On September 29, 2022, the U.S. Senate passed the FDA Modernization Act 2.0, S.5002, by unanimous consent. While it is unclear whether a companion bill introduced in the U.S. House of Representatives will successfully pass, allowing the legislation to become law, if enacted, this could curb animal testing in the coming years.  One of the sponsors of the bill, Senator Dr. Rand Paul, said: “This is the biggest policy development in Congressional history on the fight to replace animal testing with morally and scientifically superior methods. The FDA Modernization Act 2.0 will accelerate innovation and get safer, more effective drugs to market more quickly by cutting red tape that is not supported by current science” (LINK1). In the past years, there has indeed been a lot of public discussion about the so called “reproducibility crisis” in science. Among the various consequences of “irreproducibility”, the waste of ethically sensitive resources such as laboratory animals that demands our immediate attention. Does the FDA Modernization Act 2.0 aim to support “morally and scientifically superior methods” that will result in more robust and reliable data across the most affected areas of biomedical research? Likely not. First, the FDA’s rules and regulations are primarily concerned with “regulated” research, leaving decisions about the conduct of most research up to scientists and institutions. Second, as pointed out by Senator Cory Booker, the focus of this Act is preclinical safety assessments: “Thanks to modern scientific innovation, the use of animal toxicity testing for experimental drugs has become increasingly obsolete.” However, as this 2013 UK-based analysis suggests (LINK2), this represents a fairly small percentage of the total animals used for research and will likely have a minimal impact on reducing the use of animals across all of research:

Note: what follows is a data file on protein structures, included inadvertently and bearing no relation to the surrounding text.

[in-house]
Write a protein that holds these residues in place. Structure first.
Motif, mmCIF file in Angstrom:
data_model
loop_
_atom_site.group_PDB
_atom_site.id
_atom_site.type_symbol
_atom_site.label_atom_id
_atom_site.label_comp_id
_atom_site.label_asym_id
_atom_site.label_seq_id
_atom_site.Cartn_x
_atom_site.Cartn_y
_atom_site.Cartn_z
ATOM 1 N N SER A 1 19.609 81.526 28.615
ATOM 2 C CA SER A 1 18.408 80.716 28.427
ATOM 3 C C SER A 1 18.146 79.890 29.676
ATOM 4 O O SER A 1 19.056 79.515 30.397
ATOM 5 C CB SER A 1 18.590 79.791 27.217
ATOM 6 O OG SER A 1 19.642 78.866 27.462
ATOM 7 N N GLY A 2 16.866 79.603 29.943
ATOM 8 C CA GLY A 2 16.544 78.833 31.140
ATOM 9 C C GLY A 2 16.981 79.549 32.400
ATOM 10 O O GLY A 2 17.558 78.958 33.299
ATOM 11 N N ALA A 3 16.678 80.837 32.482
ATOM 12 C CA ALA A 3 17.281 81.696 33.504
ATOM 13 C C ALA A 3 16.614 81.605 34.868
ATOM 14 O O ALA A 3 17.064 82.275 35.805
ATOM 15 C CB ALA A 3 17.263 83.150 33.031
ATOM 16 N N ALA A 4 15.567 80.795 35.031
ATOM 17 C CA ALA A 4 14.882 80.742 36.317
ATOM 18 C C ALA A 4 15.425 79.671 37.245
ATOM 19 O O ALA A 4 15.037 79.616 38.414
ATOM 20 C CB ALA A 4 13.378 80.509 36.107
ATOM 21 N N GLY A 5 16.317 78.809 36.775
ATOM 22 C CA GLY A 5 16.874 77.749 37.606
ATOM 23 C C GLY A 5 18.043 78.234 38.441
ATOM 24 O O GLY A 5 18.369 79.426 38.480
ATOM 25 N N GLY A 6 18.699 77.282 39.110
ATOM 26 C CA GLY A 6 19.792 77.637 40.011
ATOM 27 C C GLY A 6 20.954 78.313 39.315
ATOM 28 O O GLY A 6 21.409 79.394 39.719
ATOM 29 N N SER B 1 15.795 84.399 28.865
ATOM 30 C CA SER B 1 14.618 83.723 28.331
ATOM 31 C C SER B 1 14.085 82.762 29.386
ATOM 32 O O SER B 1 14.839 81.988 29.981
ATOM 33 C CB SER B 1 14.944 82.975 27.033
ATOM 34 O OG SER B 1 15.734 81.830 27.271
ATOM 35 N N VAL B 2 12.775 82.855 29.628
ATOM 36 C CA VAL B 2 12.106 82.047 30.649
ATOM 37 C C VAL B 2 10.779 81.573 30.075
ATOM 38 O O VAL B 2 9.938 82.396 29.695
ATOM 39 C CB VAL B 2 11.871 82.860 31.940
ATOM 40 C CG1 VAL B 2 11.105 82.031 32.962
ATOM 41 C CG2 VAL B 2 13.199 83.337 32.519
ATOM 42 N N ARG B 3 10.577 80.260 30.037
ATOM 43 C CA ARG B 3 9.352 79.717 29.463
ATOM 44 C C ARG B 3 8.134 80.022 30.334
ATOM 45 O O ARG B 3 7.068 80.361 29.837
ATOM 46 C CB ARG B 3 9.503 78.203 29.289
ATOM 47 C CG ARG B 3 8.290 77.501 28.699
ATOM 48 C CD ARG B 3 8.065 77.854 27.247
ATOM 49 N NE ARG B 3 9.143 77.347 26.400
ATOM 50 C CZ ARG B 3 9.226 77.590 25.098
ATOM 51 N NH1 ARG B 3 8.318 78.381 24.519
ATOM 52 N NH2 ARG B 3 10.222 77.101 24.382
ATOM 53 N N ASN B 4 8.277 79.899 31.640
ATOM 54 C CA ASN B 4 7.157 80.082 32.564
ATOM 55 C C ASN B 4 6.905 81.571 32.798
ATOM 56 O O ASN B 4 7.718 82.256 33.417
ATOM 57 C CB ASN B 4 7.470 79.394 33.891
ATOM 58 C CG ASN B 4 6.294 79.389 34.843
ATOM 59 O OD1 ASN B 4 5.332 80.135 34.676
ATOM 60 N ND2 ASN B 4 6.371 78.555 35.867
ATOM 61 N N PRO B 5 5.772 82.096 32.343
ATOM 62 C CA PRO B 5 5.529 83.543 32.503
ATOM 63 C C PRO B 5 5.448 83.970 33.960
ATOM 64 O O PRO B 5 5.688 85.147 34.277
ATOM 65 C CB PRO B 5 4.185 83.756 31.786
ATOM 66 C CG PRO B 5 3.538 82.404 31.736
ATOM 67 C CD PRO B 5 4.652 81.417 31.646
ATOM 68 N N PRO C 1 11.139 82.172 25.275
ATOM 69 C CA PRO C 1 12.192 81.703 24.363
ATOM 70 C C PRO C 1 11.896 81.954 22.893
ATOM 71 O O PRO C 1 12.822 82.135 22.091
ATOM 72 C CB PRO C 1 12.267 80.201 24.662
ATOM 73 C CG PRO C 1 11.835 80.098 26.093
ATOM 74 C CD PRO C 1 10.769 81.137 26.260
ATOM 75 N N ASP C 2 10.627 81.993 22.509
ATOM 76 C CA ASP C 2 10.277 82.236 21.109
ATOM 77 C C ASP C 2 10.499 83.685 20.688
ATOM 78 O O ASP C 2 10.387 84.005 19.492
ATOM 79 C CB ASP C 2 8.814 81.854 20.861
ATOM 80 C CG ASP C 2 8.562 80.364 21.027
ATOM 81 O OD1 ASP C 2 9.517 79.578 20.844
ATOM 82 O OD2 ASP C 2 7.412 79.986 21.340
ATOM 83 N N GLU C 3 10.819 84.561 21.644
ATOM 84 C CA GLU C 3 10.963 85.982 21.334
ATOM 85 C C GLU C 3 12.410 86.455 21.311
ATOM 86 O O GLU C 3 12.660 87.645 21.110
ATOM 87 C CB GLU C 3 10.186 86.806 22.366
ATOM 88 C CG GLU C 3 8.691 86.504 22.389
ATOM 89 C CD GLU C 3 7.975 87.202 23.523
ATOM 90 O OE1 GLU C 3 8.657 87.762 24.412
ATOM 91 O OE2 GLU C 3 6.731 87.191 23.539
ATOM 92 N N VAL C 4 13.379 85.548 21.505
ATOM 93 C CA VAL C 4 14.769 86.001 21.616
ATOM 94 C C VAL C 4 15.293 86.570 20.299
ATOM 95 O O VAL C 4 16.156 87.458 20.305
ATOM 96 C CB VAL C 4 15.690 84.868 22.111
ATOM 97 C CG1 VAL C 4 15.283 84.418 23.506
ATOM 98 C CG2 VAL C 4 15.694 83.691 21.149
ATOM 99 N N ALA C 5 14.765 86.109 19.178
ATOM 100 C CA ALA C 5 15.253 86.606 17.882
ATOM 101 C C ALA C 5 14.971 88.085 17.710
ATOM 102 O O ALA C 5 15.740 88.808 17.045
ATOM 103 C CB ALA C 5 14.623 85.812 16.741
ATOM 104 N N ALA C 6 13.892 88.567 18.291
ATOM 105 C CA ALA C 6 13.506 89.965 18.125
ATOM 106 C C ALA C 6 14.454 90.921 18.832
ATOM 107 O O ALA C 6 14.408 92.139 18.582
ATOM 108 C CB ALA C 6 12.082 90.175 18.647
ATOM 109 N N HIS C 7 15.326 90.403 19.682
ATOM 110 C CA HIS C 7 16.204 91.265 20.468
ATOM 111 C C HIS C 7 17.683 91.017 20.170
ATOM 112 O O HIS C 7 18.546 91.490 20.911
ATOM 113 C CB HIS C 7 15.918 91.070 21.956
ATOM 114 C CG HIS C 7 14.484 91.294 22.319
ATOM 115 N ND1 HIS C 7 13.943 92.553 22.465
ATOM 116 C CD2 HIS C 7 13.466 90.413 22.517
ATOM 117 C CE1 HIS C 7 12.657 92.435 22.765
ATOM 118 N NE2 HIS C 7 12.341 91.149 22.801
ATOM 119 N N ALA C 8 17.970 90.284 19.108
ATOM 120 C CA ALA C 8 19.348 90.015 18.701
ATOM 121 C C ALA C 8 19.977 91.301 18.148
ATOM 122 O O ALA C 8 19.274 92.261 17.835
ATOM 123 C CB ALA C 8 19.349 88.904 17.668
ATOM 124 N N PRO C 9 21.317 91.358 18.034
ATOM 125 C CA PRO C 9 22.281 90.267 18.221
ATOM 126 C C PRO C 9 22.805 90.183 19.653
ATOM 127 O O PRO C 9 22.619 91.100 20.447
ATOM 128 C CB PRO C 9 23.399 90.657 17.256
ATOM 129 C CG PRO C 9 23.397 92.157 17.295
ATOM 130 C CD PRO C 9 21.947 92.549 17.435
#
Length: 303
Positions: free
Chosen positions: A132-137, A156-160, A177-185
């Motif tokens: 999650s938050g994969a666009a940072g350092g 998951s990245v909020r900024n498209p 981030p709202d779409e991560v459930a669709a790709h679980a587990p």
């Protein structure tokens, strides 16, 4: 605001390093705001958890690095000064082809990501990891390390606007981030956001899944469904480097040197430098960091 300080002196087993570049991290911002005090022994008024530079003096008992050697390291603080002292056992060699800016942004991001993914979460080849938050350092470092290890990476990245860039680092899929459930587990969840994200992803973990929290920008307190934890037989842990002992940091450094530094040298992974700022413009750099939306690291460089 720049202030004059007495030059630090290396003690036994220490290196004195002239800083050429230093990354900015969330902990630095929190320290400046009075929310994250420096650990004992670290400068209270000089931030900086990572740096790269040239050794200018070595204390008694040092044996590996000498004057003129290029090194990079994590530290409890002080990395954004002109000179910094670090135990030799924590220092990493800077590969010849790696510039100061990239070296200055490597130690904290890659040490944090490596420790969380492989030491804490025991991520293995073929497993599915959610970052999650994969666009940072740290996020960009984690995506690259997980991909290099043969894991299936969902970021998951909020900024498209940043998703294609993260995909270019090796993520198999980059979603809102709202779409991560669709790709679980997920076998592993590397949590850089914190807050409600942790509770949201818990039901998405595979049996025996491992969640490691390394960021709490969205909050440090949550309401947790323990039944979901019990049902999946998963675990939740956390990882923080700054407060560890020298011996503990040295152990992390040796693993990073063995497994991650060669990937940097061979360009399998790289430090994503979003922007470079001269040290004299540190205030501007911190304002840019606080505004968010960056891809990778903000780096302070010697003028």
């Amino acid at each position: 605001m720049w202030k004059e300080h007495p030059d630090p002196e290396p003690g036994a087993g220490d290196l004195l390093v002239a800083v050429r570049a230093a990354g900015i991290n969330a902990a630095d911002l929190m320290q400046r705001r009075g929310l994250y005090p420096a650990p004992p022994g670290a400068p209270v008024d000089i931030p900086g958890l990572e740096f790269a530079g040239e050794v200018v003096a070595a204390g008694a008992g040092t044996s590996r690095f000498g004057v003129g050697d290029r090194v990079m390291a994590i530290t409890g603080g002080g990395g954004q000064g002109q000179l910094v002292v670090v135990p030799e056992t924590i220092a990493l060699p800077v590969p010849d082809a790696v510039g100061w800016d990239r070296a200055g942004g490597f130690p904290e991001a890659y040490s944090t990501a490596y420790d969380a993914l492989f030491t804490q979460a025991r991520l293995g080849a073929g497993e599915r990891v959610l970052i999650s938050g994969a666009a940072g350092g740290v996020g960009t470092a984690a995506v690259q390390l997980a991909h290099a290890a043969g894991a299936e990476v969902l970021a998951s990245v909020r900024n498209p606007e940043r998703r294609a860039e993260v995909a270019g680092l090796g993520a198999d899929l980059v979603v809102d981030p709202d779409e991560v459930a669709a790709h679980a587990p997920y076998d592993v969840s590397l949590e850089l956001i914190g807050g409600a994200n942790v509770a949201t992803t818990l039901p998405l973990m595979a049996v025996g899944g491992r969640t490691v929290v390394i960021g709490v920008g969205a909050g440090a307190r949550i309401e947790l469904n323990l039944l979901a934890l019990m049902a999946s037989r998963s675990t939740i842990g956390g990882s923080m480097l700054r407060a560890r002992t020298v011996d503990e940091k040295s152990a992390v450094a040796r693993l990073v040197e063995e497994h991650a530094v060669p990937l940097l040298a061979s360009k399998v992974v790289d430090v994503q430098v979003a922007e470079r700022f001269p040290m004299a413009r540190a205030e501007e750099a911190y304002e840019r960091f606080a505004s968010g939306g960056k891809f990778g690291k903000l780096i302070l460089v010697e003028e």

In recent years, an increasing number of voices have advocated for expanding the existing 3Rs principles of animal use in research (replacement, reduction and refinement) by introducing Harm-Benefit Analysis (LINK3 & LINK4) or adding three more Rs (robustness, registration and reporting; LINK5). This represents a more logical solution to reducing the use of animals in research given the current state of scientific discovery towards suitable replacement methods.  How does regulated toxicology research compare to nonregulated biology and pharmacology research in terms of the Harm-Benefit Analysis or 6Rs assessments? Today, regulated toxicology research delivers overall without any doubt more robust and reliable results than nonregulated pharmacology or biology.  Many aspects of Good Research Practice that we wish to see in nonregulated research are a norm in regulated research (completion of detailed study plans prior to study initiation, prespecification of key study characteristics and data analyses, rigorous training of experiments, solid documentation practices, etc.). In the future, by increasing our ability to collect, process and synthesize very large datasets, will be able to accurately model the exposure of every tissue to novel drugs and their metabolites and acquire the knowledge about most or all receptor targets and the mechanisms responsible for safety signals. As a result, there will be a natural transition that allows in vivo methods to be replaced with newer, more dynamic methods such as organs-on-a-chip. But we are not there yet. It is difficult to compare regulated toxicology and nonregulated pharmacology research in terms of the predictive validity of their models.  One could perhaps only agree with a statement that false negatives are of greater concern in toxicology studies. Hence, skipping essential parts of a preclinical safety assessment program by replacing animal studies with alternatives of unknown predictive validity exposes human subjects to greater risks than skipping parts of nonregulated pharmacodynamic or biological evidence. Why did we call our commentary “The Steal Syndrome”? Steal syndrome is a condition in which blood is taken from a narrowed artery (e.g., in the heart, due to atherosclerosis) and rerouted to other blood vessels (in other words, “stolen” by other blood vessels).  This condition can occur when some medications widen arteries and increase blood flow through healthy “responsive” vessels, thereby worsening the blood supply through less “responsive” vessels. The FDA Modernization Act 2.0 may work like such medications by regulating those parts of the drug development cascade that are “responsive” and thereby worsening the crisis – i.e., human subjects participating in clinical studies will be exposed to more novel drugs with unknown safety risks. The FDA Modernization Act 2.0 is a very important step towards a future free of animal testing, but it should not let us forget that today we are not scientifically positioned to develop novel drugs without animal testing. Thus, more effort is needed to enhance the rigor of currently less “responsive” areas of biomedical research – basic and applied biology and pharmacology – to enable the realization of animal-free testing across all areas of research. By Anton Bespalov (PAASP) and Chantelle Ferland-Beckham (Cohen Veterans Bioscience). The authors thank Dr. Thomas Steckler (Janssen) for a critical review and feedback.